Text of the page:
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Checking your Blind Spots

I'm talking a bit about the recent film from DC and, as a result, this post talks about some potentially triggering topics. Read on at your own consideration.

Writers have a hefty burden to bear. It is our job, when done properly, to convey a story full of meaning and power. Stories should say things worth saying, and encourage actual change in the world. Though so many of us, myself included, tend to write things that are more entertaining and not, perhaps, rising to the level of the "Brussel sprouts"  that can be many reading options out there - things that it is good for you to read but perhaps you don't quite want to. Even in our most genre of fictions, good writers have stories that are about something.

The old adage "write what you know" is often criticized as being overly limiting. What I think most writers who adhere to it and argue for it is, functionally, "don't write what you don't know". This can extend to emotional challenges beyond your scope or to facts. You can fill in those blanks that you don't know, but writing without doing so leaves you open to all sorts of silly mistakes.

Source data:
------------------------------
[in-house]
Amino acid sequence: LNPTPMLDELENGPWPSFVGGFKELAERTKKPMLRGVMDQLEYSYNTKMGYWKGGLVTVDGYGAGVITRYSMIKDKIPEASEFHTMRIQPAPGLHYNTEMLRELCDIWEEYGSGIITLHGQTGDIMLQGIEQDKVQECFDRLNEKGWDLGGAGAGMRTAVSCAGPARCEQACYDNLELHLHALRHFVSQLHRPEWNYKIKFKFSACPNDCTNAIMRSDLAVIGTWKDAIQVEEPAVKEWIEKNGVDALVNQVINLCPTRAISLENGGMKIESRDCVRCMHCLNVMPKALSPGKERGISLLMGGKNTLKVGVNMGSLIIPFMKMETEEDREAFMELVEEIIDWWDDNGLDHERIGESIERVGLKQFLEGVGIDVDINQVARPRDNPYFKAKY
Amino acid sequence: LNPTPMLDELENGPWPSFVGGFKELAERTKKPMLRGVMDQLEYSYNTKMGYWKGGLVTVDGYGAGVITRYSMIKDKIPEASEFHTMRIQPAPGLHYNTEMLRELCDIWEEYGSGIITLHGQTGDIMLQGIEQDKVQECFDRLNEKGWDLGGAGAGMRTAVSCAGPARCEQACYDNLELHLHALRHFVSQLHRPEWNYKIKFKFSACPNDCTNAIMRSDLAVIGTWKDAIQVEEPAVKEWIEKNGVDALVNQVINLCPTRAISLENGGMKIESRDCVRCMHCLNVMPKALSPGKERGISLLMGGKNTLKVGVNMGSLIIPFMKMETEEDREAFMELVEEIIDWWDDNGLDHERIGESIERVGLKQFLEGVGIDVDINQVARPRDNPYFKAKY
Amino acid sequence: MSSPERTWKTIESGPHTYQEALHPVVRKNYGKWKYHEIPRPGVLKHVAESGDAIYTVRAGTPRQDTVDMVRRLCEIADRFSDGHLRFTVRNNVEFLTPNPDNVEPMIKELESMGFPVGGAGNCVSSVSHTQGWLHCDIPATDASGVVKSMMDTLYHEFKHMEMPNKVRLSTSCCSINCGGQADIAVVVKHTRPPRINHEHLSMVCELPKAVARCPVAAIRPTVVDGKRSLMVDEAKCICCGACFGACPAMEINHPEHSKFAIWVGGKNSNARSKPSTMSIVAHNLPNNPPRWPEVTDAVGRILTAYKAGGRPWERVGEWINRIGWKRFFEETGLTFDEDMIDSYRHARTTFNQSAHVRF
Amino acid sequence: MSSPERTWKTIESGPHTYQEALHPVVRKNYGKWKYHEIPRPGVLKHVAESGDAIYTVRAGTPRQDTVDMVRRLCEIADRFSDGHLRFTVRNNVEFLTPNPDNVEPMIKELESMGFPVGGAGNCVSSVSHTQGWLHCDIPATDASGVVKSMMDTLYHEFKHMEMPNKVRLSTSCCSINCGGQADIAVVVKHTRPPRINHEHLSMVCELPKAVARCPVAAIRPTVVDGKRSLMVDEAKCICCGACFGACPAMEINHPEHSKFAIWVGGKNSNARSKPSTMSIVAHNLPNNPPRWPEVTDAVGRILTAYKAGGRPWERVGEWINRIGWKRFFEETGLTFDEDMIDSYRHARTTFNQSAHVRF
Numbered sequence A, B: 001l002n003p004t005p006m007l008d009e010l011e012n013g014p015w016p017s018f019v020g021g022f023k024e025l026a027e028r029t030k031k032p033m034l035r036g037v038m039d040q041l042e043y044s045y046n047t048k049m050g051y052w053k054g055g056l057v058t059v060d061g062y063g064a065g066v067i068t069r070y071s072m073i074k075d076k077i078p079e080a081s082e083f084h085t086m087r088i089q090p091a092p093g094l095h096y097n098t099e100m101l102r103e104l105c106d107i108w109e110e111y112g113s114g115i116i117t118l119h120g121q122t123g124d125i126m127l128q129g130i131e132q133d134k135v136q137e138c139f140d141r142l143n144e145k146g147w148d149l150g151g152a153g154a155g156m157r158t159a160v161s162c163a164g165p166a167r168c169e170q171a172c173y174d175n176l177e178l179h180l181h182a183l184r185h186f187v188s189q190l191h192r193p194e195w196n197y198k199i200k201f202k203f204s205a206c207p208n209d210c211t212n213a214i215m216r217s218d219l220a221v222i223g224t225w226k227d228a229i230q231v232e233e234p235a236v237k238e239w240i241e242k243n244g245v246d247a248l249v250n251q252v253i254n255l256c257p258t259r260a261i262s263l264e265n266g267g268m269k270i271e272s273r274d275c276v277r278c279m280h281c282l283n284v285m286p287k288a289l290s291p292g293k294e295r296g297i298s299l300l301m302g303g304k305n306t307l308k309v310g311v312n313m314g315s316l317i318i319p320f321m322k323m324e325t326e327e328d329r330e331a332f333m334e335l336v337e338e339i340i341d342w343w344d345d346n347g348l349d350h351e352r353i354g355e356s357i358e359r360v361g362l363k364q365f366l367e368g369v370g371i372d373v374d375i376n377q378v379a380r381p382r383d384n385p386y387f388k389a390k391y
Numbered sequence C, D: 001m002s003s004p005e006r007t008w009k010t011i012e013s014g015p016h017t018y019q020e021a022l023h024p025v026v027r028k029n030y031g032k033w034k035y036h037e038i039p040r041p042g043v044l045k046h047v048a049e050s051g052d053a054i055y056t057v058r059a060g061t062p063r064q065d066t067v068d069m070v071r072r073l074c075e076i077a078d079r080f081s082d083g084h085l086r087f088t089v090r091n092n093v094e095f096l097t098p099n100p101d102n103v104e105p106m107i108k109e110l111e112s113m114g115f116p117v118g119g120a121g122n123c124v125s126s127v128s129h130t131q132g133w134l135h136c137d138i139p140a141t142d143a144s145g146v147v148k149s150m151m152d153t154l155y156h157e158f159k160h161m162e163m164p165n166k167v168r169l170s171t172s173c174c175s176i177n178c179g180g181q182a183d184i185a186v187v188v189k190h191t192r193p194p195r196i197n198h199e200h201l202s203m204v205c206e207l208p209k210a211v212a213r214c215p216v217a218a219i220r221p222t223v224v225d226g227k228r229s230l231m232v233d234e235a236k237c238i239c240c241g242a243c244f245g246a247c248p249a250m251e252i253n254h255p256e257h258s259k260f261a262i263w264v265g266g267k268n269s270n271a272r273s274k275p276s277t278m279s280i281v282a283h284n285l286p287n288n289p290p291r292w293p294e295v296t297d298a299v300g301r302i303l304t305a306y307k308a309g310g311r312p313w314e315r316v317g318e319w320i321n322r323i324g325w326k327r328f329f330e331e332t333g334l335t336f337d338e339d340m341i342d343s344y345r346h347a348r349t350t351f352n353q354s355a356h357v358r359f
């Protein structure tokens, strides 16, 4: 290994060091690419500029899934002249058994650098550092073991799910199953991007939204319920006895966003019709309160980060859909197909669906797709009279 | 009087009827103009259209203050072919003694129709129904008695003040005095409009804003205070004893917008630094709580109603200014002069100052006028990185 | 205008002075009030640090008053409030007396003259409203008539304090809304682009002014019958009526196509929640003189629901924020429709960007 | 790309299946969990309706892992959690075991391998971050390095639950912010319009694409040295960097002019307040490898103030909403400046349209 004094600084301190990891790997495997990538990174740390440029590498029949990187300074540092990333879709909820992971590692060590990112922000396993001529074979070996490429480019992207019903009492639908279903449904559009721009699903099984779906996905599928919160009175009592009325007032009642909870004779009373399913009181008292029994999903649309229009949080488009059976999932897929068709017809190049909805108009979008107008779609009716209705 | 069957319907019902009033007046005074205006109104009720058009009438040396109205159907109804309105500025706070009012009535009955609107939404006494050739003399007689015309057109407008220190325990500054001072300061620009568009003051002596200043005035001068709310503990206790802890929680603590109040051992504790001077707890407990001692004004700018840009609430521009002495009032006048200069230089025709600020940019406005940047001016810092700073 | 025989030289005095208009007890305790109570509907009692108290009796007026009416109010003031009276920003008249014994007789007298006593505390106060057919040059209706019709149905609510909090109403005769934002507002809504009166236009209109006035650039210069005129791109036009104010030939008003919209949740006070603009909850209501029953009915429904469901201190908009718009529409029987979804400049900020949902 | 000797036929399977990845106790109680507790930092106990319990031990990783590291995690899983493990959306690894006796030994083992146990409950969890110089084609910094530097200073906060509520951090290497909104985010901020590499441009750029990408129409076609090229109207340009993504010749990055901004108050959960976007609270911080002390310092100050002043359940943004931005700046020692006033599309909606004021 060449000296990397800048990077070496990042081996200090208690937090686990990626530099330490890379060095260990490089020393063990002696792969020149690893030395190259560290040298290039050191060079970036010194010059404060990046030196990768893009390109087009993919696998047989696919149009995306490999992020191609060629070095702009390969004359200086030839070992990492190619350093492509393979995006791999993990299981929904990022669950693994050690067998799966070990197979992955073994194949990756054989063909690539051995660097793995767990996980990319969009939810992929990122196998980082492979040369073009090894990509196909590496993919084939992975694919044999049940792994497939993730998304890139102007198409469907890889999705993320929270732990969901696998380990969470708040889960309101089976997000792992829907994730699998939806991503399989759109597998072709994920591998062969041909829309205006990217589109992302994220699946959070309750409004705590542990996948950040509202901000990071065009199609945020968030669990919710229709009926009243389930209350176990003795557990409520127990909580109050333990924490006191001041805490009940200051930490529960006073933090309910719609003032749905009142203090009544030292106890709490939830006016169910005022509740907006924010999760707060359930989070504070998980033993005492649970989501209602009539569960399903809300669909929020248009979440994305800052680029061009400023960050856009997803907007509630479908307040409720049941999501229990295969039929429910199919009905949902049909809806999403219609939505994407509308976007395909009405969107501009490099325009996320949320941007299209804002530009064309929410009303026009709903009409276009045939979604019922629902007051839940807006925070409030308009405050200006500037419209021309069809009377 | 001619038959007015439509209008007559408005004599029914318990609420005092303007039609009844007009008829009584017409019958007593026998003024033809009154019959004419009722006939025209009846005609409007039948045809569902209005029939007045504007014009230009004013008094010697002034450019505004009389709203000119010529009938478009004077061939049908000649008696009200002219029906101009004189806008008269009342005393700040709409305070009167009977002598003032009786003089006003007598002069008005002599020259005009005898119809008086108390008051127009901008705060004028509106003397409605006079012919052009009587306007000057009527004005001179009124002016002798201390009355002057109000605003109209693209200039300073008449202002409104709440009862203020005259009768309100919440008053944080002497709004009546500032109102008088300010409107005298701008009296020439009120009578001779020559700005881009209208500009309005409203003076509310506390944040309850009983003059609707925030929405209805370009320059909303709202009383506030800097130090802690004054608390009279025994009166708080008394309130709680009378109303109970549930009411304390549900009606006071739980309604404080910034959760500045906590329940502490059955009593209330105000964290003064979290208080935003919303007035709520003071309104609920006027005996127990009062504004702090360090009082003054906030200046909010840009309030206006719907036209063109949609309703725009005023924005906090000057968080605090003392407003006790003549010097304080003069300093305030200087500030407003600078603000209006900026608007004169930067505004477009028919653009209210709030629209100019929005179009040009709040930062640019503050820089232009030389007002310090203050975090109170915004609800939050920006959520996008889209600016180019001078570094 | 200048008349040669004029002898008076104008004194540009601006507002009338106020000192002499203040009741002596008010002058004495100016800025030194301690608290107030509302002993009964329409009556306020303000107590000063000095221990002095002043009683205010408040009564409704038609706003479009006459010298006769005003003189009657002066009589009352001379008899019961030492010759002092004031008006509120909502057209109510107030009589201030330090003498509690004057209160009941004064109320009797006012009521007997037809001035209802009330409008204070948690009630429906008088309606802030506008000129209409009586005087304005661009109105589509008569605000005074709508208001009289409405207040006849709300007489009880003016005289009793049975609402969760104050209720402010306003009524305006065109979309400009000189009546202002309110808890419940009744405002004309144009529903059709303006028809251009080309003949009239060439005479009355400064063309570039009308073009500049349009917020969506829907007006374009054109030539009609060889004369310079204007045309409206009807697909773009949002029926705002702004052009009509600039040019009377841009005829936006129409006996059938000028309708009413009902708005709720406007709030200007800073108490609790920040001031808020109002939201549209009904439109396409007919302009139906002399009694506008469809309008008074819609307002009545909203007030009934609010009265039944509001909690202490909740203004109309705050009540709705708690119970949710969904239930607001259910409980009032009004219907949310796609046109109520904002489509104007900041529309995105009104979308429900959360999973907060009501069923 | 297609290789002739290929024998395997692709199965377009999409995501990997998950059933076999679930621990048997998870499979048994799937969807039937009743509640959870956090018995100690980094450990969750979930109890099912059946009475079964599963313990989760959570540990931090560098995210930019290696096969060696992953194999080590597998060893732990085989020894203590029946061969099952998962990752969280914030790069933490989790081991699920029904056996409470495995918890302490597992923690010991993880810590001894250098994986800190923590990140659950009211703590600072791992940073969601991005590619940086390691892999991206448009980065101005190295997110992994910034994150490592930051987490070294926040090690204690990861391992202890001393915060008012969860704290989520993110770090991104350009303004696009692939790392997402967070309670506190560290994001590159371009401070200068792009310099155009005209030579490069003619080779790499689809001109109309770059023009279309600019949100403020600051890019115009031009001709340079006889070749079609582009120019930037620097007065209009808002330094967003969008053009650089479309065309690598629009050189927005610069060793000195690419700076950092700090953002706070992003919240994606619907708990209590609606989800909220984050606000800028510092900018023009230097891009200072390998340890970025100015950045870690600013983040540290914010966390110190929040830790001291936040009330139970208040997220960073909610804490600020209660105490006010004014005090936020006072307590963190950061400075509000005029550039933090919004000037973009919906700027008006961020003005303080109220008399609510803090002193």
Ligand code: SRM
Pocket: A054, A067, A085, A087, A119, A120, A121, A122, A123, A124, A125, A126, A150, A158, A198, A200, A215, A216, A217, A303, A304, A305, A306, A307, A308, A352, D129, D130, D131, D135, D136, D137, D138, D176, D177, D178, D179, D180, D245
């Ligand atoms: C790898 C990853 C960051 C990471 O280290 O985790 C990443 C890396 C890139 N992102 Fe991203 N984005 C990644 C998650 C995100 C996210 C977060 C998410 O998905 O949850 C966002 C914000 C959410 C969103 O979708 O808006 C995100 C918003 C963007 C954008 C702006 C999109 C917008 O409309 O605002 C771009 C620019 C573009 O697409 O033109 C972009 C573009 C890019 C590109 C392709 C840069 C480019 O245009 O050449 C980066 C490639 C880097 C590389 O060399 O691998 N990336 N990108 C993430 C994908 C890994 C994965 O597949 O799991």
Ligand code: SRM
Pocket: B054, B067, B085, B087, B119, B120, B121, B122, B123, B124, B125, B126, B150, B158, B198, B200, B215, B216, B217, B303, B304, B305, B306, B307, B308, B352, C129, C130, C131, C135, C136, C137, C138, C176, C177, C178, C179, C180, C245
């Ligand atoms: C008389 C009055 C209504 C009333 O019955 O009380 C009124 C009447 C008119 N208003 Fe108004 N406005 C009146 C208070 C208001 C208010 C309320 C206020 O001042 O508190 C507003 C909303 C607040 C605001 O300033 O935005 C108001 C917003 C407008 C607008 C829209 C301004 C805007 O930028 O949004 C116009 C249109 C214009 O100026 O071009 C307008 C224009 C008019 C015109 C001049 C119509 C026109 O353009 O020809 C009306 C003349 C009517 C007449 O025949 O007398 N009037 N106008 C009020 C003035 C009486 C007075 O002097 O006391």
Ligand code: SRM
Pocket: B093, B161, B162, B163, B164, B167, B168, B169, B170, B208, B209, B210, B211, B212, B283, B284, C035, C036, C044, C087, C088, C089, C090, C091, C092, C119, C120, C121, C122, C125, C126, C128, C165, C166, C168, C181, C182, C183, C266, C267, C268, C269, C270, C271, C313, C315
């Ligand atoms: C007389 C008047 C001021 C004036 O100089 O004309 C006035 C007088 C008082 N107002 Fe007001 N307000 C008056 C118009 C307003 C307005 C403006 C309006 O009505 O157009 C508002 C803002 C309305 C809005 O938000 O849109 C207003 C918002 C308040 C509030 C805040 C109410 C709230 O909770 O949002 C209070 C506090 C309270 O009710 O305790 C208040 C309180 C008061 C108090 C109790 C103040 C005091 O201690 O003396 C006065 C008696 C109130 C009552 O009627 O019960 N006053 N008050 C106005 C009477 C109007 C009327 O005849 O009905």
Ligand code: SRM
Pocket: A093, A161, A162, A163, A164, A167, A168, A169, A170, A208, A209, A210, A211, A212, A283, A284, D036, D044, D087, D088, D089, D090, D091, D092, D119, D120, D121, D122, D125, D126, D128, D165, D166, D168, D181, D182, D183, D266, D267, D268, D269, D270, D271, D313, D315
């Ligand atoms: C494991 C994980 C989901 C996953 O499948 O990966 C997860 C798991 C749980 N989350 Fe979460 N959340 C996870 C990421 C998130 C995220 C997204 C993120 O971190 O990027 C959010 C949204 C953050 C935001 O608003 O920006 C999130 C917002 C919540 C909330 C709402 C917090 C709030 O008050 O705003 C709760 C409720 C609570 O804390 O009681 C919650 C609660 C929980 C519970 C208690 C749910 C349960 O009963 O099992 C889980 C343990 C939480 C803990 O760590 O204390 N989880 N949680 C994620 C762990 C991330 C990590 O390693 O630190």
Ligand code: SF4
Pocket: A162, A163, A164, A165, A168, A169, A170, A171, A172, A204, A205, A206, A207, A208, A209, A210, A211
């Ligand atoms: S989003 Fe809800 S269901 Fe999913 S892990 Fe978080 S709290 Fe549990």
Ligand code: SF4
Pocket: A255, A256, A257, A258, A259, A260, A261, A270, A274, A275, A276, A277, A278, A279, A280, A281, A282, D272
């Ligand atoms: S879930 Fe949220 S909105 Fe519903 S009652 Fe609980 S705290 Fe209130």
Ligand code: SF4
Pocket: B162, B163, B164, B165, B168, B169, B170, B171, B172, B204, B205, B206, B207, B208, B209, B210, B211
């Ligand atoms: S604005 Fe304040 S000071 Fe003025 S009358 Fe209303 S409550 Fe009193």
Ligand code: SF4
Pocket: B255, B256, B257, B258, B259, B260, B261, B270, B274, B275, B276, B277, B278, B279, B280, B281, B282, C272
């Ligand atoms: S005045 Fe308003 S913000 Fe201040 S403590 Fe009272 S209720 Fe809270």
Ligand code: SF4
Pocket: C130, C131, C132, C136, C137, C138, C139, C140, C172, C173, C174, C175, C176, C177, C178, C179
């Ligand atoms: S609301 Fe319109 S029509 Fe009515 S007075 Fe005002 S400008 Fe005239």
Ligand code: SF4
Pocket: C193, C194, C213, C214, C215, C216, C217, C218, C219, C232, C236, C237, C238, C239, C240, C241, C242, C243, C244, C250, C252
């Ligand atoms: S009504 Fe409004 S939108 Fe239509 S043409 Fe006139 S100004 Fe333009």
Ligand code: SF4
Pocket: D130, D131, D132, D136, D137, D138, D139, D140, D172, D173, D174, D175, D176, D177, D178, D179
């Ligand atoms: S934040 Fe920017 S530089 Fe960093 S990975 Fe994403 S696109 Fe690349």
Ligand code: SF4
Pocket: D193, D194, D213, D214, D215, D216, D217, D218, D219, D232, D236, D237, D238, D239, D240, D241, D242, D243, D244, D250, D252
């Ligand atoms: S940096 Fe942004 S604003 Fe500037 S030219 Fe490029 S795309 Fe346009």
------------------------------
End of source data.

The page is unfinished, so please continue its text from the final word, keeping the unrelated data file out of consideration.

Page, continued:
These are our blind spots and, to paraphrase a political figure that I'm not a fan of, we don't always know what we don't know. It is only through extensive reading and research topics we don't know as well that we can learn these aspects of what we don't know.

Failure to do so results in things like DC's latest animated foray, The Killing Joke. As I read interviews with the creative team behind it, they admit that they didn't consider all sorts of things that ended up being in the final product. A writer suggesting that he never considered certain lines as implying that someone was sexually assaulted, and would not have included it had he thought this, is a definite failure on their part. We're just as responsible for things that are not intended but still happen in our work.

Research needs to be done, needs to be pushed to the point where you almost feel like you've overdone it. Drawing on your own experience or the experience of others, that counts as research. You just keep going that way, trying to make your work better and better.